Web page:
Major in Gender and Sexuality Studies

Requirements for Major

A major in Gender and Sexuality Studies consists of at least 30 credits in Gender and Sexuality Studies courses (core or combined courses) with a grade of C- or better in each course and a cumulative GPA of at least 2.0 in GSS courses. These credits must include at least 18 at the 300 level or above. All majors must complete GSS 201: Introduction to Gender and Sexuality Studies, GSS 301: Feminist Inquiries, and at least two other GSS core courses.

All majors also have the option of completing GSS 501: Senior Research Project, which takes the form of an individual research project with a faculty member of the student's choice. The student is responsible for finding an appropriate faculty member who is available to supervise the project and then must seek formal approval from the program director before proceeding with the project. The student must produce a substantial written report or research paper, the format of which will vary according to the nature of the project. Gender and Sexuality Studies majors with a cumulative GPA of at least 3.5 in GSS courses and an overall GPA of at least 3.0 may earn departmental honors by completing GSS 505: Honors Thesis instead of the senior research project, following the same guidelines. Most students writing an honors thesis as part of their GSS major will take GSS 505 twice (for a total of 6 credits).


How are our lives shaped by gender? This course introduces students to the ways in which Gender and Sexuality Studies as an interdisciplinary field examines conceptions of masculinity and femininity; gender relations; gender inequalities; the intersections of gender with other categories of identity such as class, race, sexuality, and stages in the life cycle; and the broad impact of gender on society (including political, legal, economic, and religious arenas).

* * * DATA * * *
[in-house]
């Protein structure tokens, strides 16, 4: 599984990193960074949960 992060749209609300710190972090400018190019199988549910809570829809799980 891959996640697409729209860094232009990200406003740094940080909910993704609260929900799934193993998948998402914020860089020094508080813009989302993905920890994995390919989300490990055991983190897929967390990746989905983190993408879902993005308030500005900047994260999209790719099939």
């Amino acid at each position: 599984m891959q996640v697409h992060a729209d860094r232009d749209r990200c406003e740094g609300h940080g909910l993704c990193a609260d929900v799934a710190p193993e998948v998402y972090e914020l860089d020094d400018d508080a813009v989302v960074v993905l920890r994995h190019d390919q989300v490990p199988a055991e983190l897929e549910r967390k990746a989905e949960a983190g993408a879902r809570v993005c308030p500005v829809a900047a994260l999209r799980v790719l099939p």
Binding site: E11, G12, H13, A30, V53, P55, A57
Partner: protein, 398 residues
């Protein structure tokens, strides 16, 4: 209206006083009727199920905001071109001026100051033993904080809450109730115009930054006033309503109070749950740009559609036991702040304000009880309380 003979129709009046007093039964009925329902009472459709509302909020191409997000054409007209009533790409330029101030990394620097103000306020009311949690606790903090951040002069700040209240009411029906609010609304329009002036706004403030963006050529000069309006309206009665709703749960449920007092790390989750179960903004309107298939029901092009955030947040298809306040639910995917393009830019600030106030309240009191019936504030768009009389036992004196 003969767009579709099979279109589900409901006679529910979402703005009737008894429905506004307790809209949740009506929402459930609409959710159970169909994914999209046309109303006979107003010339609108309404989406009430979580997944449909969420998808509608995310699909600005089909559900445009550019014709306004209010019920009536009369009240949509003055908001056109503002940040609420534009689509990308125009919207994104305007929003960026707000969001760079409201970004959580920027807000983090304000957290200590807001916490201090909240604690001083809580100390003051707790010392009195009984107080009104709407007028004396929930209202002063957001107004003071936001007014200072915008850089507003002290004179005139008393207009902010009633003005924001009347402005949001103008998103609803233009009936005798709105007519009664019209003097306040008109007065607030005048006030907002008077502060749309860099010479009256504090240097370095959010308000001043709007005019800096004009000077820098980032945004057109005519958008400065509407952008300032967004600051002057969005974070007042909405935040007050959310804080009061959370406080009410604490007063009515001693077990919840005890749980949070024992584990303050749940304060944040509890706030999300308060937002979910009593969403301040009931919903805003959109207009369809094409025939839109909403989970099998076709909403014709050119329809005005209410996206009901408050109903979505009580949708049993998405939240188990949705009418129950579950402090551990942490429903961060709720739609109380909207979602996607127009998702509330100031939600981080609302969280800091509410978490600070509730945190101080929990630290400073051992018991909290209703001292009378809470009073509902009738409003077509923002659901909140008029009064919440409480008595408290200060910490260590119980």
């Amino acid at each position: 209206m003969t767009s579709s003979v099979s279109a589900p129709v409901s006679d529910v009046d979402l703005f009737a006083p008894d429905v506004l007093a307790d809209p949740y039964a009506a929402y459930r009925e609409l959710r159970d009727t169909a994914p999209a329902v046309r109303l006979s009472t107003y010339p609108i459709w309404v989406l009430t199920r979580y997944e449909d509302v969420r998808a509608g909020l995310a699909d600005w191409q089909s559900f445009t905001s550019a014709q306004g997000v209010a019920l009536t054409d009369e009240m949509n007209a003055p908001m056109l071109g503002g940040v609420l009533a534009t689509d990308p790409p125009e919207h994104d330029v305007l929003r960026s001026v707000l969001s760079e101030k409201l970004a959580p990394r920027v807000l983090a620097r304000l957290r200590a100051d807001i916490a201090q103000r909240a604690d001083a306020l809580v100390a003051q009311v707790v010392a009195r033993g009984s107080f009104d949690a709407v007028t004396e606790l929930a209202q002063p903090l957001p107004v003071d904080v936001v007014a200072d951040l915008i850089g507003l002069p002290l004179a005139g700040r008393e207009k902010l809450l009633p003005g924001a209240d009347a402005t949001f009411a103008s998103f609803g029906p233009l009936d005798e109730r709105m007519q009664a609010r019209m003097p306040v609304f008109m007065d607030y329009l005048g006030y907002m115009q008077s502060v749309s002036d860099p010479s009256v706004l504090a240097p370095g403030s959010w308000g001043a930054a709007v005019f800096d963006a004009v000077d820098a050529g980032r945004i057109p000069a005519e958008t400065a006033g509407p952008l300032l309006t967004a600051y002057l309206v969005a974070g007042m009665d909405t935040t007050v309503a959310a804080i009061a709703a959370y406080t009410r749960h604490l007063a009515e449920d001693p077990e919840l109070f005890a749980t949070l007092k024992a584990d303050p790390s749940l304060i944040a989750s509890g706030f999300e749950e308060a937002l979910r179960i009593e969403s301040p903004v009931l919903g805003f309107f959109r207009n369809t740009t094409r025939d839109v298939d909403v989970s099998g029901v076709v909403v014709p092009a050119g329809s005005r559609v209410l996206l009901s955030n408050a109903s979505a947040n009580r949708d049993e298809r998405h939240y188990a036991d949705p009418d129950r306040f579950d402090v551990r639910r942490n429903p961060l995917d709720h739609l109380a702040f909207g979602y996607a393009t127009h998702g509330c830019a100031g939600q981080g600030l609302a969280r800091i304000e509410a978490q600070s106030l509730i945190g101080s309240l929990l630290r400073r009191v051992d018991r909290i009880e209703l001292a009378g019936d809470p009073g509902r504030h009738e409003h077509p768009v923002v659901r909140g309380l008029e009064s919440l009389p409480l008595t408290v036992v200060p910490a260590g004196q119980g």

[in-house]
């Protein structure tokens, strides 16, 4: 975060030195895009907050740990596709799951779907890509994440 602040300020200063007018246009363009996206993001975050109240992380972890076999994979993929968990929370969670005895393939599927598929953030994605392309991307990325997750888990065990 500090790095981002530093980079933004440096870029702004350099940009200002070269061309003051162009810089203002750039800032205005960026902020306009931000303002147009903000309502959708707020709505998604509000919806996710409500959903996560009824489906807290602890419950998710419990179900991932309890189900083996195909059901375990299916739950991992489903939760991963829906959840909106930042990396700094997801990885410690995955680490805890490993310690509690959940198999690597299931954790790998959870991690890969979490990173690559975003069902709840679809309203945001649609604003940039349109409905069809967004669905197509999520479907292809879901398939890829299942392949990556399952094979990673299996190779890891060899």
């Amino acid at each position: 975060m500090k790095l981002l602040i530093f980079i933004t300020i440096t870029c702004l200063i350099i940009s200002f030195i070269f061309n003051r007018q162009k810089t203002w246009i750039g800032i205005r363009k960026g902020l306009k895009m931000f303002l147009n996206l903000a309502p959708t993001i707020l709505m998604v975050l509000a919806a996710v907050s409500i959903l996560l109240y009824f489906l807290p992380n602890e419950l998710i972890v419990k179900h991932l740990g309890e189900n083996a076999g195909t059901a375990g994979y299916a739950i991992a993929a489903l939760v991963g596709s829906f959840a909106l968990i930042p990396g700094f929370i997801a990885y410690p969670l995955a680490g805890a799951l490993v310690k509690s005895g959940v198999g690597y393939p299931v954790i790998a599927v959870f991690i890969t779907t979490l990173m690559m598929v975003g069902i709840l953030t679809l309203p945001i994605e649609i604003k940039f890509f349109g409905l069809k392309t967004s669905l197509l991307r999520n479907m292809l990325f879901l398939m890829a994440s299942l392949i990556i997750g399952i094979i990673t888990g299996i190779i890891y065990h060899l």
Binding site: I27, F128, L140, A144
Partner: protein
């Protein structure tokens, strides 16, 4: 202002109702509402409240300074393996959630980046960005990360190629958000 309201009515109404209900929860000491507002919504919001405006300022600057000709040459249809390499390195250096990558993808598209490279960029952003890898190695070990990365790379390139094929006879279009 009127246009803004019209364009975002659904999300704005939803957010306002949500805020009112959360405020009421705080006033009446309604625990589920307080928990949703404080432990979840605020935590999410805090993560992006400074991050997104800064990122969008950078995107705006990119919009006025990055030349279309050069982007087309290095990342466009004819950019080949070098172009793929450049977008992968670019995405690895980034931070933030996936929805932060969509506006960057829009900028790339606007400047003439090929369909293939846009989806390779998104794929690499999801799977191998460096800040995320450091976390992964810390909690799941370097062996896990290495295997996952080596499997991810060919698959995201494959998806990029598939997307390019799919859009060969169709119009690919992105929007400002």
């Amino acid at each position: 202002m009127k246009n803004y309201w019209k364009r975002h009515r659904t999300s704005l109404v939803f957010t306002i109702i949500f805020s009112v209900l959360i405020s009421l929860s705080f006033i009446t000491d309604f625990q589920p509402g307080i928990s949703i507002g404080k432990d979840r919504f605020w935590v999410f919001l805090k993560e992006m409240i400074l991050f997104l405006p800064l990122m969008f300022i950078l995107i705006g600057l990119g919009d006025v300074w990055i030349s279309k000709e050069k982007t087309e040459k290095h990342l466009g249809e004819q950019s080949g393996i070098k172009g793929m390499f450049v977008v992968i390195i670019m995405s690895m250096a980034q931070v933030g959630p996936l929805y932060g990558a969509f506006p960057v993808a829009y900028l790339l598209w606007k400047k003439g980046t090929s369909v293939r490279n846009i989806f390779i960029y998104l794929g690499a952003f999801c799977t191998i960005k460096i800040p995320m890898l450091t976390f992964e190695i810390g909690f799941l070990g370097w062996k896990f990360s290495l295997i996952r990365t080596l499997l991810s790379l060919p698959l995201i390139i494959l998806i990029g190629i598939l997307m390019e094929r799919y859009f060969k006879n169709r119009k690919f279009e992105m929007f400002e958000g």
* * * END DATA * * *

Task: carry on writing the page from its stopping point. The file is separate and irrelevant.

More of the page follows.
This course studies the history of feminist thought and the ways in which feminist inquiry transforms our understanding of key issues across the curriculum. This course will focus on global, transnational trends and theories that have shaped the dynamic paths of feminist inquiries. We will study what it means to be a feminist by situating the discourse in broader political and historical contexts. We will focus not only on feminist writings emanating from the United States, but since we live in an increasingly globalized world, also travel elsewhere to understand what inquiries and thoughts animate feminist theories and praxis in parts of the global south. Reading classic and contemporary feminist scholarship from a diversity of disciplinary backgrounds we will address questions of rights, equality, nature of oppression and difference. We will discuss the dynamic, historical and changing nature of feminist contributions to the understanding of what constitutes work and family, inscriptions on body, sex, sexualities, and gender. Transnational trends such as the globalized economy, developments and access to new reproductive technologies, will enable us to understand the historical intersections between different feminist movements, and how political, social, and economic structures of race, sexuality, gender and class shape the rich and complex fabric of feminist inquiries. Drawing on interdisciplinary feminist texts in history, anthropology, literary theory and literature, films, visuals, primary documents such as speeches and manifestos, the course will enable us to appreciate the diversity of feminist scholarship and activism that shape feminist inquiries. This is a writing credit course.


GSS Fall 2018 Course Listings

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